Hanging off the edge of the smaller desk on the left (assuming you are standing at my desk) is a wire holder that I made a couple years back out of Actobotics parts. I got tired of scrounging around in random parts bins for a particular size, type, and color of wire.
Starting with the soldering area on the left , you’ll find some familiar equipment:
Behind the soldering desk and attached to the larger desk is my growing collection of cables and test leads. I try to keep them mostly organized with a Pomona test lead holder, but I fear it has nearly reached its limits. Coworkers seem to benefit most from my (apparent) organization, as folks will stop by quite often to “borrow” wire from the wire holder or cables from the rack. I’m just glad it’s getting used (and to be honest, I don’t want the cables back most of the time – it’s already too crowded!).
On top of the hutch, I keep my power supply and oscilloscope for testing various projects (or causing capacitors to explode). You’ll also find an old-school lamp, several mugs, a business card holder and a few Lego models (because AFOL).
About a year ago, I added pegboard to the back of the desk, which proved incredibly handy for housing everyday items like scissors, a ruler, multimeter, various types of tape, SD card holder and, of course, a Nerf gun.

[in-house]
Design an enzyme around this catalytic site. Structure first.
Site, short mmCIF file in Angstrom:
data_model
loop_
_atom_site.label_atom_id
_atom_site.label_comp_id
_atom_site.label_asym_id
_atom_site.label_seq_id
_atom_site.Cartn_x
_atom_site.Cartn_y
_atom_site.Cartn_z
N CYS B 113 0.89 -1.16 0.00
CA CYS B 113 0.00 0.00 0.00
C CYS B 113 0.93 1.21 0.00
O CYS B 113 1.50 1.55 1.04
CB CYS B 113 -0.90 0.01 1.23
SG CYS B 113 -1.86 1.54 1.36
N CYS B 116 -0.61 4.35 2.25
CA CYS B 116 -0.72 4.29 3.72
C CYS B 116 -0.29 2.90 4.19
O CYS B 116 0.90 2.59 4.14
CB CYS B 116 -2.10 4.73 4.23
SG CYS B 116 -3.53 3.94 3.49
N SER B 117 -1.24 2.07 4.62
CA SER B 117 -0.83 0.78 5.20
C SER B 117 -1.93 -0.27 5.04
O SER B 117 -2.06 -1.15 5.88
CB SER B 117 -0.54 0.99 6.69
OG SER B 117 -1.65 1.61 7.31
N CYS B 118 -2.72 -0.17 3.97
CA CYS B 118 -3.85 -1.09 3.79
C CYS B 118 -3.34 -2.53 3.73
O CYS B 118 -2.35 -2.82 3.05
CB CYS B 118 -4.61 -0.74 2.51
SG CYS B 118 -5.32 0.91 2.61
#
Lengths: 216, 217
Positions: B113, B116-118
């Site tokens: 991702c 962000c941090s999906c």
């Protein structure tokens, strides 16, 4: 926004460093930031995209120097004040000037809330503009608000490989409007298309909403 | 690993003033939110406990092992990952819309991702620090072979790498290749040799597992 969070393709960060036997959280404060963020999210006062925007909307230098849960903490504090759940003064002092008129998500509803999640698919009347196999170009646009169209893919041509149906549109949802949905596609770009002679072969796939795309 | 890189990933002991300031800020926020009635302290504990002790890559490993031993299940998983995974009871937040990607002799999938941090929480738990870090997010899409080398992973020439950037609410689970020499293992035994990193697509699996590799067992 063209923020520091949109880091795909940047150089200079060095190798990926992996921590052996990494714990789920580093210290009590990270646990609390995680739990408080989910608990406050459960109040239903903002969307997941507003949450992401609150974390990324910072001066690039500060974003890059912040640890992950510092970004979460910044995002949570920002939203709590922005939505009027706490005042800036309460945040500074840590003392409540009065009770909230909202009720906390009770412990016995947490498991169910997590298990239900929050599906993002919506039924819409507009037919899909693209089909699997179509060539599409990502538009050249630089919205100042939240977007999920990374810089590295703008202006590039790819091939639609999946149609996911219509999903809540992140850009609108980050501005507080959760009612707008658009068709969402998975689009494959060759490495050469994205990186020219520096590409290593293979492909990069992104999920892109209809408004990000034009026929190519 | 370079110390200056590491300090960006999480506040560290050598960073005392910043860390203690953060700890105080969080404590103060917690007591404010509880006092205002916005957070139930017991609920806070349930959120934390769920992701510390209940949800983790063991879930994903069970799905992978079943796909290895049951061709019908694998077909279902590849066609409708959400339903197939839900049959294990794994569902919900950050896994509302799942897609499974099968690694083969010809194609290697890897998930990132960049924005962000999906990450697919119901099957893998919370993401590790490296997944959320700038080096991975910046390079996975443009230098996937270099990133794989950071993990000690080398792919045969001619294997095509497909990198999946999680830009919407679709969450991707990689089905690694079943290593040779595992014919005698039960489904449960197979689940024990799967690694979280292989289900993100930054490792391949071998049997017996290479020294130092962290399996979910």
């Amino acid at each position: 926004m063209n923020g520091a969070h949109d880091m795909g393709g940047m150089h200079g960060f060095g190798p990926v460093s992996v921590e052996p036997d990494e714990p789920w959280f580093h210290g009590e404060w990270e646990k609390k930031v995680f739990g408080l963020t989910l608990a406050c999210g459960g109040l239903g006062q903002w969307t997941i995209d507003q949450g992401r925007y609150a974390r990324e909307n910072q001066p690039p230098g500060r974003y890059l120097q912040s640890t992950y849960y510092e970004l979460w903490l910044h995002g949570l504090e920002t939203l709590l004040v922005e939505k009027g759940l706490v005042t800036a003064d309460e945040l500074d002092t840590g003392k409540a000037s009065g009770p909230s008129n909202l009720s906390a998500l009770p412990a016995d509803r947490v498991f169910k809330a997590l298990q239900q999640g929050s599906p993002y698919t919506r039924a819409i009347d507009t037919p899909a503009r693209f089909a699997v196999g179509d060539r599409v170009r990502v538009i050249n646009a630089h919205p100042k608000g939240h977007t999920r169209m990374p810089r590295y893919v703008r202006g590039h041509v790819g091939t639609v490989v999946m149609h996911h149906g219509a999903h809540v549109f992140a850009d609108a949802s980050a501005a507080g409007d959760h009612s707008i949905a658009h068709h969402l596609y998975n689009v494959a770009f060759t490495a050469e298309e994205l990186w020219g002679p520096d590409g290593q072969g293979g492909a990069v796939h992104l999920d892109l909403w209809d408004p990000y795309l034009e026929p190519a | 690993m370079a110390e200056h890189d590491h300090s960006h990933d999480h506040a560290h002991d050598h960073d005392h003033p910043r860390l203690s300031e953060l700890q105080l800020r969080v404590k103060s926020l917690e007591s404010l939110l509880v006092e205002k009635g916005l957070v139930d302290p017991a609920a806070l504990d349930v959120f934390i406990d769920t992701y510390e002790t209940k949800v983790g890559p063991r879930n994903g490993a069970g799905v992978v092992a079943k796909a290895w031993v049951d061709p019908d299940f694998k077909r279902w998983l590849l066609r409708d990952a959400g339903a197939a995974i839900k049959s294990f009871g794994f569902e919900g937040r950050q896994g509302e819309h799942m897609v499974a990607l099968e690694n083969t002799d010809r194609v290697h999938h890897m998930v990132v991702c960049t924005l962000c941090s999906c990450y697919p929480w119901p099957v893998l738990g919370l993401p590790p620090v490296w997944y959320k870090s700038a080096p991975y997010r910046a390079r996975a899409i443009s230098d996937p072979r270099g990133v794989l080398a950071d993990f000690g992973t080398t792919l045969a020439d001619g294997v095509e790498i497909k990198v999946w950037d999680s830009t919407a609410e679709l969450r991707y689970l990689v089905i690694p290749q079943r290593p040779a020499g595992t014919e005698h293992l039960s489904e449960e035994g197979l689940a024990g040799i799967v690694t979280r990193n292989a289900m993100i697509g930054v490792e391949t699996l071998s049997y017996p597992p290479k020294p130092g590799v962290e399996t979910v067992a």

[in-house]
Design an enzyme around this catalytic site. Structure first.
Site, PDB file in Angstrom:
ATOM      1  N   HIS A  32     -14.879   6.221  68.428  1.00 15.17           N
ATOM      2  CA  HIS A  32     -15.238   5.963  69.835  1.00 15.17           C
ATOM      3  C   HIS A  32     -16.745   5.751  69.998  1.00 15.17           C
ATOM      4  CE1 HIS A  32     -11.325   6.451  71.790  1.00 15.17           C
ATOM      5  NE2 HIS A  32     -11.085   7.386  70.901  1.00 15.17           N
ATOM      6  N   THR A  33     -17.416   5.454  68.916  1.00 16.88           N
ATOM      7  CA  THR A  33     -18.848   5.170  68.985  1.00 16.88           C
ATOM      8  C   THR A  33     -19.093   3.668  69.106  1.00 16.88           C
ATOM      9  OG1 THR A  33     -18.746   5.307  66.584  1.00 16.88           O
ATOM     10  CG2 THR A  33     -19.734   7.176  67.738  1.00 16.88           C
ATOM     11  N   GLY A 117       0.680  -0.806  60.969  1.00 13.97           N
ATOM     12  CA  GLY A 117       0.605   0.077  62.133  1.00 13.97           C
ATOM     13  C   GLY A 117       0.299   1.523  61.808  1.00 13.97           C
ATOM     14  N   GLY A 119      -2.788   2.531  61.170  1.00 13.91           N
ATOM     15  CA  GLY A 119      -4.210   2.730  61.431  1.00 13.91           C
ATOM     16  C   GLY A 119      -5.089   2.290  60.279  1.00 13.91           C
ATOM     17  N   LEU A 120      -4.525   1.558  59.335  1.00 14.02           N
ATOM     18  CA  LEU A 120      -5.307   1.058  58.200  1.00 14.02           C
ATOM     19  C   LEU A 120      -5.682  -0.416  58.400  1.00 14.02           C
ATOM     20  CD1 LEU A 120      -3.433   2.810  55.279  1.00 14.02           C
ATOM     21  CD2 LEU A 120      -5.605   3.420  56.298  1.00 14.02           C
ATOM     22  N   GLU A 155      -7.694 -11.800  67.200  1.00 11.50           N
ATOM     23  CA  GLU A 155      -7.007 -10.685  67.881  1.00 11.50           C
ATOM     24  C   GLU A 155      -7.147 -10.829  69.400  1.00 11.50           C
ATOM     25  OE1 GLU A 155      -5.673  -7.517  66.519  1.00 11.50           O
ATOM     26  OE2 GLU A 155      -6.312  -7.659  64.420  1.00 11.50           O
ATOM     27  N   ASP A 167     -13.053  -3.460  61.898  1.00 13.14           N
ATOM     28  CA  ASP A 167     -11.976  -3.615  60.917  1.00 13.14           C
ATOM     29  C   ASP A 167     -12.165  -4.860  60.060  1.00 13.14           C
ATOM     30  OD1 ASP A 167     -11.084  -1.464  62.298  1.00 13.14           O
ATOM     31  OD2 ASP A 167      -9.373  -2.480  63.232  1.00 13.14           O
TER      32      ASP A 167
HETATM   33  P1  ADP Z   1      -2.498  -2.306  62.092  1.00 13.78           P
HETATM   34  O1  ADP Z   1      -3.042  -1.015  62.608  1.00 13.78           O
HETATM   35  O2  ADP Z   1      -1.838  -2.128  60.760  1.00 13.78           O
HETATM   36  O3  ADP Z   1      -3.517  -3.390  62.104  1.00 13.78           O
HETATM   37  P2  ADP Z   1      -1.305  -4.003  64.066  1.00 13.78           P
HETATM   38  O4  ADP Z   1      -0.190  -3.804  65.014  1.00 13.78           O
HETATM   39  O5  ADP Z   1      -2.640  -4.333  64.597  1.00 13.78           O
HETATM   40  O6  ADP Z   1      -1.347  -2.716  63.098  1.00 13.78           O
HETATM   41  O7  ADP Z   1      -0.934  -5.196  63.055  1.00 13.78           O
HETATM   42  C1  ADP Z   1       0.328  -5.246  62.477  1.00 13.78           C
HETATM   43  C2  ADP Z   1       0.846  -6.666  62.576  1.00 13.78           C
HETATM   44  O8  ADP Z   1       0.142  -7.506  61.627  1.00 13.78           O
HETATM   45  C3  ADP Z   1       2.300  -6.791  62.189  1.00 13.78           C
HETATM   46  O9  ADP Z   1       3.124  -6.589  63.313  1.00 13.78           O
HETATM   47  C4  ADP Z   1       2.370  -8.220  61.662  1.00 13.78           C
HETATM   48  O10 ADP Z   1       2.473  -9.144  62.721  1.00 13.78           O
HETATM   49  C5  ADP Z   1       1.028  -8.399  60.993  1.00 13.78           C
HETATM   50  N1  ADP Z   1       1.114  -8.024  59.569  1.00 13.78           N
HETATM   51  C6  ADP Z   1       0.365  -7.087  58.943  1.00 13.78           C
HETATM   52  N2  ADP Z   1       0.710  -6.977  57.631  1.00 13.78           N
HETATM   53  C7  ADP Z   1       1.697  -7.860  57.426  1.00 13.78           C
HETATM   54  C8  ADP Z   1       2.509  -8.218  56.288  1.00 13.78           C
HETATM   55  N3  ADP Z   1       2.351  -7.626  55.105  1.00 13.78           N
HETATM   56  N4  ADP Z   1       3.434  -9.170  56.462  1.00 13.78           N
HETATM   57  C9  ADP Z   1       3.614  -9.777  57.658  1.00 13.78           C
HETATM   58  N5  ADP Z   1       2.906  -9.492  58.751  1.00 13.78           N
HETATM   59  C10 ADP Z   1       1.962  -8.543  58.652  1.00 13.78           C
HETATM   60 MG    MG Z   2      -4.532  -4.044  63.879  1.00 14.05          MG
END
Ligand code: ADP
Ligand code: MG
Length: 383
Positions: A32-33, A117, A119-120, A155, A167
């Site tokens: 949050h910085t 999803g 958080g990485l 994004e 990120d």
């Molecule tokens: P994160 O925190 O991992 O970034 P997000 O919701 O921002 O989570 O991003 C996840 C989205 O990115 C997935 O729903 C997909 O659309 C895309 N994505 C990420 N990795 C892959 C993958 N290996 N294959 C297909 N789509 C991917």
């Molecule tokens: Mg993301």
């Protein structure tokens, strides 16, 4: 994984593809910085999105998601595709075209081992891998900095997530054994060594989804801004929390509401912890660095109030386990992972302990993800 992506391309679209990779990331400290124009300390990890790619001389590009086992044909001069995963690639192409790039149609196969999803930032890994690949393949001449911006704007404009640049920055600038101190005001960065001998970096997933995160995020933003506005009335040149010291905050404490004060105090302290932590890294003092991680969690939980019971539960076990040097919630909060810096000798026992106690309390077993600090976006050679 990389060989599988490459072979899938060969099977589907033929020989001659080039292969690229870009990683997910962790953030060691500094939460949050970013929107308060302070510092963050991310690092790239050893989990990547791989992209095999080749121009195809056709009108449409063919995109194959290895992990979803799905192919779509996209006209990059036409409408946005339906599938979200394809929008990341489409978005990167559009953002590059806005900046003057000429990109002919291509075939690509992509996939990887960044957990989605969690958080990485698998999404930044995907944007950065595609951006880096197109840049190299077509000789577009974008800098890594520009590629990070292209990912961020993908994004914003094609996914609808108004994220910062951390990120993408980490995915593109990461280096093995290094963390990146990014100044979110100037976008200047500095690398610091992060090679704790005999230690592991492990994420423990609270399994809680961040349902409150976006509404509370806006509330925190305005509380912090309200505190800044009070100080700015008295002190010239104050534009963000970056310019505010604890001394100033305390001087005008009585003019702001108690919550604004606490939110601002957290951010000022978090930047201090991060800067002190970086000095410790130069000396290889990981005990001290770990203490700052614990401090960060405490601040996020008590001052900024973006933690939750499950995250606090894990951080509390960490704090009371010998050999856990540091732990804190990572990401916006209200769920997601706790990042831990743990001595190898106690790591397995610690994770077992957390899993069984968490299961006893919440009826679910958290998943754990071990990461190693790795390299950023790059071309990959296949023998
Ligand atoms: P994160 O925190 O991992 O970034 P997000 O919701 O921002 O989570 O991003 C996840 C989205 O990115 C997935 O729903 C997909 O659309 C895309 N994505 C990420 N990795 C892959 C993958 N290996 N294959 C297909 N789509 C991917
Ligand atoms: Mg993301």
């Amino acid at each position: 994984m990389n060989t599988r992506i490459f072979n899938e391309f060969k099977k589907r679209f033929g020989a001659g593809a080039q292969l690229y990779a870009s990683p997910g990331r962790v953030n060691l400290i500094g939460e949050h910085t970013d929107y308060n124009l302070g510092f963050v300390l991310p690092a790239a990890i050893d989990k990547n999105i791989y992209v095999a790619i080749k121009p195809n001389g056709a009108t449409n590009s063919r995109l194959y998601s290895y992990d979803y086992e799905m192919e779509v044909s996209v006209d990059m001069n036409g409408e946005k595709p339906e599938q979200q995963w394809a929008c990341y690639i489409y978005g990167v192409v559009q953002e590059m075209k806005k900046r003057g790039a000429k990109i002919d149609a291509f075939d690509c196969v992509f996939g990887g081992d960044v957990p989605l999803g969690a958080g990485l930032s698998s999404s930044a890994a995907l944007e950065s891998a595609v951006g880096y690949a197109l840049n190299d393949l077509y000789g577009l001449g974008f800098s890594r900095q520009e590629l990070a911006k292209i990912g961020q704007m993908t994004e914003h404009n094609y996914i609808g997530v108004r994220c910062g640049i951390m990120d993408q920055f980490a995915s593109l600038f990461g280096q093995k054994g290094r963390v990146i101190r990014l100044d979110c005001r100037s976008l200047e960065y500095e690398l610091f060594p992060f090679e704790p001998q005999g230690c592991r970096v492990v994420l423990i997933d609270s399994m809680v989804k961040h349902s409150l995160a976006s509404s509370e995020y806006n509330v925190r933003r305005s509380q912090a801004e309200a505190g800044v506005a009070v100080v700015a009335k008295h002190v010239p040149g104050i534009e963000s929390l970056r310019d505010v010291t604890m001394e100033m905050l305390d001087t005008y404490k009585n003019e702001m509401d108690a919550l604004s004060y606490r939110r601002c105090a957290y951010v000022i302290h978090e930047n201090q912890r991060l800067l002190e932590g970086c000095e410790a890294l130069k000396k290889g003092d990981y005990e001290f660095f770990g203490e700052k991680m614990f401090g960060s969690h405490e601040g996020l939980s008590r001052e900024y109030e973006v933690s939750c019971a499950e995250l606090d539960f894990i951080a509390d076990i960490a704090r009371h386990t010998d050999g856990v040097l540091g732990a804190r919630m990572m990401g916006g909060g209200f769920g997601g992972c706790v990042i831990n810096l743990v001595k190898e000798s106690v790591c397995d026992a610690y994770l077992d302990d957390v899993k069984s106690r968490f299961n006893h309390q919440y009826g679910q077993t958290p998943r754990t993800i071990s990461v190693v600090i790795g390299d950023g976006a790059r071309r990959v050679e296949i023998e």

On the left side under the hutch, you’ll see a Raspberry Pi attached to a 7-inch LCD along with a wireless keyboard/touchpad combination. This setup has proved invaluable over the last three months while working on several Python tutorials.
Beneath my dual-monitor setup, you can find an Analog Discovery 2 and some FTDI USB-to-Serial boards scattered about. I switch between the Analog Discovery and larger oscilloscope depending on my needs/mood. All my USB connections go through a hub, which has some buttons on top for enabling/disabling ports. I never thought I would need power buttons on a USB hub, but when you need to reset various 5V electronics and microcontrollers, they are a godsend.
The speakers remained largely unused, mostly due to being in an open office, but also because I recently acquired a set of Sennheiser HD 650 headphones that are fed from a JDS Labs ODAC and Objective2 amplifier. My ears are pretty happy.
The external hard drive nestled in the corner behind my plethora of liquid-holding vessels gets connected to my laptop each morning and stores the (rather large) files needed for video editing. SparkFun has an amazing videographer, Graceflix, who handles almost all of the video work. However, every so often, I will help out by editing my own screen capture before sending her the clips to integrate into the final piece.